A best practice technique used in several companies for new leader onboarding is the New Leader Team Assimilation process. In short, this process opens up team communications with the NEW leader and their team, helps build a team culture for openness, efficiently accelerates building stronger personal relationships, and provides the team with a safe venue to discuss any team and organizational challenges. This 6-step process works as follows:

1. The new leader lets their team know a coach (internal or external) will be contacting them to solicit their confidential input about what’s on their minds, concerns, suggestions, etc.

2. Confidential interviews are held with the leader’s direct reports by the coach. These interviews are either one-on-one or with the entire team present.

Interview questions typically asked of the team ahead of the meeting:

  • What do you know about (New Leader) already?
  • What don’t you know about (New Leader) but would like to know?
  • What should (New Leader) know about the team’s skills, experience, and dynamics?
  • What concerns do you have about (New Leader) taking the role? Concerns about what he/she might do?
  • What is inhibiting you the most from doing your job effectively?
  • What advice would you give (New Leader) to be sure he/she stays the course and is most successful?
  • What do you expect from (New Leader)?
  • What major problems will (New Leader) face?
  • What do you think (New Leader’s) job is in the next 12 months?
  • What are the top two things in the organization (New Leader) needs to change and why?

Typical questions answered by the new leader in the team meeting:


  • What do you know about the team already?
  • What are your hot buttons?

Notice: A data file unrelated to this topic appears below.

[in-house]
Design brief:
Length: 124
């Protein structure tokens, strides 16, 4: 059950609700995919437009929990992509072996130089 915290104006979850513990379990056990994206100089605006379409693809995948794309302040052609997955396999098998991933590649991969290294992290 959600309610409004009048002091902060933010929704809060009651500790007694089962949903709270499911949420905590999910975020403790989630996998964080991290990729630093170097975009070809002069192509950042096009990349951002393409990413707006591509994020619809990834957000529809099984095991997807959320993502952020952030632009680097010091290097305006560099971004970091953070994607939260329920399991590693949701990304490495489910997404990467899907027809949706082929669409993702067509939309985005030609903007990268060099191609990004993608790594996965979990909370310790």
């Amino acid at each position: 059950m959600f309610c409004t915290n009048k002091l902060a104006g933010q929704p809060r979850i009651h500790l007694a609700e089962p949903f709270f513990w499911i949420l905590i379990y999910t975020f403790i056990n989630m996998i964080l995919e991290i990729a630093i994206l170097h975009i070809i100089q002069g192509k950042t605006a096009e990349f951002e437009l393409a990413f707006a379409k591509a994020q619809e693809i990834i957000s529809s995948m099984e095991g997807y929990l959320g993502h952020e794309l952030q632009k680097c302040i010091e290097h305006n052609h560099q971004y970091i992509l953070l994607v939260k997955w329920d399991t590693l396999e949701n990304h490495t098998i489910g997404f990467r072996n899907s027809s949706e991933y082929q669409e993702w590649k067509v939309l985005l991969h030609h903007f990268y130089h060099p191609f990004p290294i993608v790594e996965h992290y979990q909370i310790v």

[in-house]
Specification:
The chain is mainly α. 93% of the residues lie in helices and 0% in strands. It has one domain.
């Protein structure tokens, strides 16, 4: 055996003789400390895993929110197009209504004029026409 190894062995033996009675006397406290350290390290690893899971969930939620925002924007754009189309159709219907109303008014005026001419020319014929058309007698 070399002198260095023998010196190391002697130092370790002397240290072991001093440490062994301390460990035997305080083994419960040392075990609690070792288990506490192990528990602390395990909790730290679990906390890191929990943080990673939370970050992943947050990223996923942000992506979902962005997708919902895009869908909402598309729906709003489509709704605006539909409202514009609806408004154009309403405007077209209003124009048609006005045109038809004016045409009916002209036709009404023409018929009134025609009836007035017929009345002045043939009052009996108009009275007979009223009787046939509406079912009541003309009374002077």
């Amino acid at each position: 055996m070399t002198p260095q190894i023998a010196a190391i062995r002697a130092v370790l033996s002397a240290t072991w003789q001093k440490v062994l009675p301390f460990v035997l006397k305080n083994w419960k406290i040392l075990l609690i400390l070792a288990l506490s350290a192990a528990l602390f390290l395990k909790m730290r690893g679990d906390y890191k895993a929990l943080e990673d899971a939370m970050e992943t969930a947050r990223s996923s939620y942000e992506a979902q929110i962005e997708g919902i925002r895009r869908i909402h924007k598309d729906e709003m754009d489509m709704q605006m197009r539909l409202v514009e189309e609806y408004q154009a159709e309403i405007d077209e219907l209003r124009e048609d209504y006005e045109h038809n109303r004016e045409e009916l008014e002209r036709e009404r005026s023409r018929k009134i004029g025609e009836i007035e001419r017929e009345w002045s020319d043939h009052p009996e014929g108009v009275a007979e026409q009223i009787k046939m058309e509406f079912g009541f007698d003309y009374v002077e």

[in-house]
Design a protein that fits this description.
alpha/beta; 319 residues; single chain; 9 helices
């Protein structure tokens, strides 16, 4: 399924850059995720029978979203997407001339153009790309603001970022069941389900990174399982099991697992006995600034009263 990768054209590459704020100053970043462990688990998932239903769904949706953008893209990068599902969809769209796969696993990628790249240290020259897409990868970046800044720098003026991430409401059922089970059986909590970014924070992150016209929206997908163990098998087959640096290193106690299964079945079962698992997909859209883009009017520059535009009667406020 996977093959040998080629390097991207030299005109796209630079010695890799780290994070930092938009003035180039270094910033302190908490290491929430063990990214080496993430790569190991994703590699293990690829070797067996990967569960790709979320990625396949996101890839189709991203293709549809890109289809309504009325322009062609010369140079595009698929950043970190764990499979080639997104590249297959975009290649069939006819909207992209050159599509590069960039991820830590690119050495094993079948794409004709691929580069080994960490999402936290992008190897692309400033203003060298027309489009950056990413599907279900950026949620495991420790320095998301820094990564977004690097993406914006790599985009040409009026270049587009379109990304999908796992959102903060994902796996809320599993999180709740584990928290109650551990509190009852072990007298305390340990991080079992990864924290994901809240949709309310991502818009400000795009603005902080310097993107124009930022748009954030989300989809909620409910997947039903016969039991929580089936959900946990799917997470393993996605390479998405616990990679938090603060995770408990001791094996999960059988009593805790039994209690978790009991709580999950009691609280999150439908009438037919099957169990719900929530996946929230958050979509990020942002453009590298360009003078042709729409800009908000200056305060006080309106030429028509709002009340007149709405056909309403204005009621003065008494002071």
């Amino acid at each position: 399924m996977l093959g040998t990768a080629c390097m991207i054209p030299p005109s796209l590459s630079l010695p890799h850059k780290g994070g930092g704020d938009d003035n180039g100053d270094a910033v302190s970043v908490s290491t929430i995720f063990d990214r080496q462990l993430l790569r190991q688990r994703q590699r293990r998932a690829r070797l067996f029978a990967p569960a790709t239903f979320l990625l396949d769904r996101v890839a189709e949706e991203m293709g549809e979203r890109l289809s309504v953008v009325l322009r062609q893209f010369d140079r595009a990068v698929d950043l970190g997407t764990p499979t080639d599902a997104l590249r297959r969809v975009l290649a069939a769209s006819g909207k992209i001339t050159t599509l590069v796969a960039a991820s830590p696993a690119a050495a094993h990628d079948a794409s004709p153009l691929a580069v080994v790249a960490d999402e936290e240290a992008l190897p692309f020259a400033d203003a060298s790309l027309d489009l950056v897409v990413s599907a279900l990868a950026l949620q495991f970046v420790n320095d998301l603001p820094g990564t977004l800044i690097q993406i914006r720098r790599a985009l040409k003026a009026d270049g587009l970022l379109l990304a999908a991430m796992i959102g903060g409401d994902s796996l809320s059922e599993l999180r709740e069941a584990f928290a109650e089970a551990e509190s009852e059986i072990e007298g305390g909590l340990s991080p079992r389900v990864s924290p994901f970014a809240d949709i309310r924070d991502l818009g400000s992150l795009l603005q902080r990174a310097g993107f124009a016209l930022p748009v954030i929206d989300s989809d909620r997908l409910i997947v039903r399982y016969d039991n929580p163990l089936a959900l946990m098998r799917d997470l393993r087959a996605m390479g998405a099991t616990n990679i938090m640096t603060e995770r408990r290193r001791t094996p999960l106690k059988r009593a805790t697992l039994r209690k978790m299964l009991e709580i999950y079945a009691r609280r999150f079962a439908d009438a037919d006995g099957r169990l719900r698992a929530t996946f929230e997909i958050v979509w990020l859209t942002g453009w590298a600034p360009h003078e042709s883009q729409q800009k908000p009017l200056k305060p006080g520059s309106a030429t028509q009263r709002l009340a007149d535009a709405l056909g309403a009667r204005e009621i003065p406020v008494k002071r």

• What are your priorities and goals for the team?
  • What are things at the Company that should be changed?
  • How do you describe your management style?
  • How do you like to get information?
  • How do you like to communicate?
  • How do you want to hear bad news?
  • What do you like to do for fun?

3. The coach briefs the new leader ahead of their meeting. The coach outlines their role and makes recommendations for productive and effective leadership behaviors in this type of meeting.

4. The new leader and the team meet to discuss the team’s input and answer the questions. The coach covers the meeting objectives, ground rules, provides an overview of the entire process, and facilitates this discussion among the team and new leader. Both the new leader and coach ensure all topics and issues raised in the interviews are introduced for discussion always protecting anonymity.

5. After the meeting the notes are provided to the entire team including follow-up items.

6. The coach and new leader meet to debrief and discuss the key insights, observations, and follow-up items.

While the New Leader Team Assimilation process can be conducted as a standalone activity, it is most helpful as part of a new leader executive coaching process. This process works very well to help accelerate the team’s performance while reducing areas of ambiguity upon the new leader’s announcement, helps the new leader manage their time efficiently, and fosters an open team culture where anything can be brought up and discussed.